Intussusception (medical disorder)
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An intussuception as seen on CT
An intussusception is a medical condition in which a part of the intestine has invaginated into another section of intestine, similar to the way in which the parts of a collapsible telescope slide into one another. This can often result in an obstruction. The part that prolapses into the other is called the intussusceptum, and the part that receives it is called the intussuscipiens.
Signs and symptoms
Early symptoms can include nausea, vomiting (sometimes bile stained (green color)), pulling legs to the chest area, and intermittent moderate to severe cramping abdominal pain. Pain is intermittent not because the intussusception temporarily resolves, but because the intussuscepted bowel segment transiently stops contracting. Later signs include rectal bleeding, often with "red currant jelly" stool (stool mixed with blood and mucus), and lethargy. Physical examination may reveal a "sausage-shaped" mass felt upon palpation of the abdomen.
Fever is not a symptom of intussusception. However, intussusception can cause a loop of bowel to become necrotic, secondary to ischemia due to compression to arterial blood supply. This leads to perforation and sepsis, which causes fever.
Intussusception is often suspected based on history and physical exam, including observation of Dance's sign. Per rectal examination is particularly helpful in children as part of the intussusceptum may be felt by the finger. A definite diagnosis often requires confirmation by diagnostic imaging modalities. Ultrasound is today considered the imaging modality of choice for diagnosis and exclusion of intussusception due to its high accuracy and lack of radiation. A target-like mass, usually around 3 cm in diameter, confirms the diagnosis. An x-ray of the abdomen may be indicated for evaluation of intestinal obstruction or the presence of free intraperitoneal gas; the latter finding would imply that bowel perforation has already occurred. In some institutions, air enema is used for diagnosis as the same procedure can be used for treatment.
Intussusception has three main differential diagnoses. These are acute gastroenteritis, Henoch–Schönlein purpura, and rectal prolapse. Abdominal pain, vomiting, and stool with mucus and blood are present in acute gastroenteritis, but diarrhea is the leading symptom. Rectal prolapse can be differentiated by projecting mucosa that can be felt in continuity with the perianal skin, whereas in intussusception the finger may pass indefinitely into the depth of sulcus. Henoch–Schönlein purpura presents the characteristic rash.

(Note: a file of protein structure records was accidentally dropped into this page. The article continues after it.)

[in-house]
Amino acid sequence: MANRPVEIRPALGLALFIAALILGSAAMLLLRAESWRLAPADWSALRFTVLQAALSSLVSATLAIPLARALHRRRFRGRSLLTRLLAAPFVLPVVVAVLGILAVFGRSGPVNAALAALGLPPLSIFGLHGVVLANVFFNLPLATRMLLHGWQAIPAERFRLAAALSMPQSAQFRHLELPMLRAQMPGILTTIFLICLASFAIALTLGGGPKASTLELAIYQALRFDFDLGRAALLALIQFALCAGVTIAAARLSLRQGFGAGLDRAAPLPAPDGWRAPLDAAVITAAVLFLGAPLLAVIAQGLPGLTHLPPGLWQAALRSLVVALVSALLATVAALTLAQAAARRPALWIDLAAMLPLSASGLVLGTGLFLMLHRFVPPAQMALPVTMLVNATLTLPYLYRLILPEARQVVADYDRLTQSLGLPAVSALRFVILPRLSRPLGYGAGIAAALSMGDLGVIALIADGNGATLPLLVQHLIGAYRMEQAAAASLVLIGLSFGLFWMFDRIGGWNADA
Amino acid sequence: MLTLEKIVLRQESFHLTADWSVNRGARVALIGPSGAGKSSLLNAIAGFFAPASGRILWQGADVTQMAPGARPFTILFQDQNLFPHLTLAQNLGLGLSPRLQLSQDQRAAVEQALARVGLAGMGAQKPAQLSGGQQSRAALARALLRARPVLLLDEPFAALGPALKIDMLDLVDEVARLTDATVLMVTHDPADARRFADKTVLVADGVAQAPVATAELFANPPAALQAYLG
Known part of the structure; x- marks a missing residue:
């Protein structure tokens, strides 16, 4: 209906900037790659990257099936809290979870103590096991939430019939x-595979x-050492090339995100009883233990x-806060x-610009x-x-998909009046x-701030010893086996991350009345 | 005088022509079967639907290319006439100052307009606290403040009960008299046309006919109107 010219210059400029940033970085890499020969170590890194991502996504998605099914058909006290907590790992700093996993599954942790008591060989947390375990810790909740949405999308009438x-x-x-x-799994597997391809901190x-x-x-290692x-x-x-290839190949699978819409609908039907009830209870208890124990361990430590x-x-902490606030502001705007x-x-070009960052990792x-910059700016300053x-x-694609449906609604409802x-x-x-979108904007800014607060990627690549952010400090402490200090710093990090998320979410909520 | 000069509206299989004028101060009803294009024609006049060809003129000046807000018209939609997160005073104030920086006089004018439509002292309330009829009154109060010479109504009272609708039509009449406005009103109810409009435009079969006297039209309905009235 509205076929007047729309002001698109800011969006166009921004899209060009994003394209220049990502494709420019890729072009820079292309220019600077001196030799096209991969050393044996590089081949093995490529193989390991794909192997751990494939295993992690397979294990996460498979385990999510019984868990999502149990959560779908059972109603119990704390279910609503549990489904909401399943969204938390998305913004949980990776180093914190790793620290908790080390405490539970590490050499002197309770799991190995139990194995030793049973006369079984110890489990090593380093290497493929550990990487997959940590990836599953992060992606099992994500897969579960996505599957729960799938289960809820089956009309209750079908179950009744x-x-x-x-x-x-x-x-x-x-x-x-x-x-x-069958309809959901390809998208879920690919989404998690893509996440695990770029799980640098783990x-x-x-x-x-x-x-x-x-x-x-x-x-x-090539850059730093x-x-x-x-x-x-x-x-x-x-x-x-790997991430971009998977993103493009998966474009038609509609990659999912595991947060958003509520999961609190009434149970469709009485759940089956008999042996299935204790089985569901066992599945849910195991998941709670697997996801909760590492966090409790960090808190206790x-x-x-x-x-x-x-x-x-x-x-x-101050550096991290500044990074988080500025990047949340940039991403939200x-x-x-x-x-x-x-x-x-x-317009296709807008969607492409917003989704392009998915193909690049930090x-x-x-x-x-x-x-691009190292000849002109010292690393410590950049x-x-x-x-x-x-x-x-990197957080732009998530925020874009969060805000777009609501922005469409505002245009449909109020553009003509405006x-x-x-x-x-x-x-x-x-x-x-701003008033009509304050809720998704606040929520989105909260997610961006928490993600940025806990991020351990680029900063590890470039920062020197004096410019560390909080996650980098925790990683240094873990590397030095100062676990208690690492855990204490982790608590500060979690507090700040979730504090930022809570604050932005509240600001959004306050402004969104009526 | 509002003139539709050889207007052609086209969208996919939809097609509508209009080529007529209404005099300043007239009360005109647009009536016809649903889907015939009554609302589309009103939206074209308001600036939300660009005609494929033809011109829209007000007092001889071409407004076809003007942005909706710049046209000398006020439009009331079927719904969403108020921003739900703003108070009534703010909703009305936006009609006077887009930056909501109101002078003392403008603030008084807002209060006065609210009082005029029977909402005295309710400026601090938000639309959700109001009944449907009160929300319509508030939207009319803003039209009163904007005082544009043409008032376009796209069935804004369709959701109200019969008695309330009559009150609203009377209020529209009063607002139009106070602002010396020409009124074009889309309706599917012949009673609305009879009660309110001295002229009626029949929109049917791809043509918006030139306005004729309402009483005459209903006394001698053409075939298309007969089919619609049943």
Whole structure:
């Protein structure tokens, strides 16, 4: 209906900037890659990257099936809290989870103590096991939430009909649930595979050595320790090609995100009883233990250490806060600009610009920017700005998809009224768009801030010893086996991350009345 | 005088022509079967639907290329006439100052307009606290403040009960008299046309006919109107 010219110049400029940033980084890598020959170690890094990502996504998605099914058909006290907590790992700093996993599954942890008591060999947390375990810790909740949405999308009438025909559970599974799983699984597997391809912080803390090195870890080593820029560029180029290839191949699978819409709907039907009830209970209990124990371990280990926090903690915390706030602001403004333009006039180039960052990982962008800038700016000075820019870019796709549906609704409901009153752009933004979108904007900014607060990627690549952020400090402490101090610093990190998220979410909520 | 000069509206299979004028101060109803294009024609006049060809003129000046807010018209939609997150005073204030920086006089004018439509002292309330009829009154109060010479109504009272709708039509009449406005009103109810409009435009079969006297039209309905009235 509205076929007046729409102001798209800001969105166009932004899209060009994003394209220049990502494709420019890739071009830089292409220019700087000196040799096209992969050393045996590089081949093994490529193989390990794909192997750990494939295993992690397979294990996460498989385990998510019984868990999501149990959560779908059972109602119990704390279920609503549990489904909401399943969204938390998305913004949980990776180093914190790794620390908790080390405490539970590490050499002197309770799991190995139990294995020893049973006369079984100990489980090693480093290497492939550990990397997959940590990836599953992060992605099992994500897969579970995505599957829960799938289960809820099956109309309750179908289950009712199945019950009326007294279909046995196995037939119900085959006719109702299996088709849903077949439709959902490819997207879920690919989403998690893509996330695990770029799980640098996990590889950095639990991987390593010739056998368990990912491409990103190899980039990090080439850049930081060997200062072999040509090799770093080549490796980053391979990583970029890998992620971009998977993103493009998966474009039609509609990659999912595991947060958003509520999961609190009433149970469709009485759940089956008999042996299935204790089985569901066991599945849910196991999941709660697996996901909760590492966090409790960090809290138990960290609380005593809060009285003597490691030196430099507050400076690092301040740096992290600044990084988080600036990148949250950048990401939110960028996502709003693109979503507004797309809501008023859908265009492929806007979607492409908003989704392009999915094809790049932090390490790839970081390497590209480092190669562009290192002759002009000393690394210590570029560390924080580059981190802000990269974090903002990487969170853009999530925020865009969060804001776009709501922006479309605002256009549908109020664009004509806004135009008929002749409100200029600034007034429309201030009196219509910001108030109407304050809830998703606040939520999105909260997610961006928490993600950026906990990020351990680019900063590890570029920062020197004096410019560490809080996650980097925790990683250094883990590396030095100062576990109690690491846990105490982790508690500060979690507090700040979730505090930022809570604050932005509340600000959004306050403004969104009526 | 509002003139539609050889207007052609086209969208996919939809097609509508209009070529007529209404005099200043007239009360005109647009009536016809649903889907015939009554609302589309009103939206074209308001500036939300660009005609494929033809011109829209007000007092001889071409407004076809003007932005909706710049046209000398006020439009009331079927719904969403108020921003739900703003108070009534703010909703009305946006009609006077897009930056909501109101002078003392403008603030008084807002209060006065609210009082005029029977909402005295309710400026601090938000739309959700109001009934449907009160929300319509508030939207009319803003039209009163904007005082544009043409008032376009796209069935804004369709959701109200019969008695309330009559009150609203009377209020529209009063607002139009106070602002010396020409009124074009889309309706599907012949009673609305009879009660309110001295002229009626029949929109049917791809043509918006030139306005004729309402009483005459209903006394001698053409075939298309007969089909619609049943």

The condition is not usually immediately life-threatening. The intussusception can be treated with either a barium or water-soluble contrast enema or an air-contrast enema, which both confirms the diagnosis of intussusception, and in most cases successfully reduces it. The success rate is over 80%. However, approximately 5–10% of these recur within 24 hours.
If it cannot be reduced by an enema or if the intestine is damaged, then a surgical reduction is necessary. In a surgical reduction, the abdomen is opened and the part that has telescoped in is squeezed out (rather than pulled out) manually by the surgeon or if the surgeon is unable to successfully reduce it or the bowel is damaged, the affected section will be resected. More often, the intussusception can be reduced by laparoscopy, whereby the segments of intestine are pulled apart by forceps.
Intussusception may become a medical emergency if not treated early, as it will eventually cause death if not reduced. In developing countries where medical hospitals are not easily accessible, especially when the occurrence of intussusception is complicated with other problems, death becomes almost inevitable. When intussusception or any other severe medical problem is suspected, the person must be taken to a hospital immediately.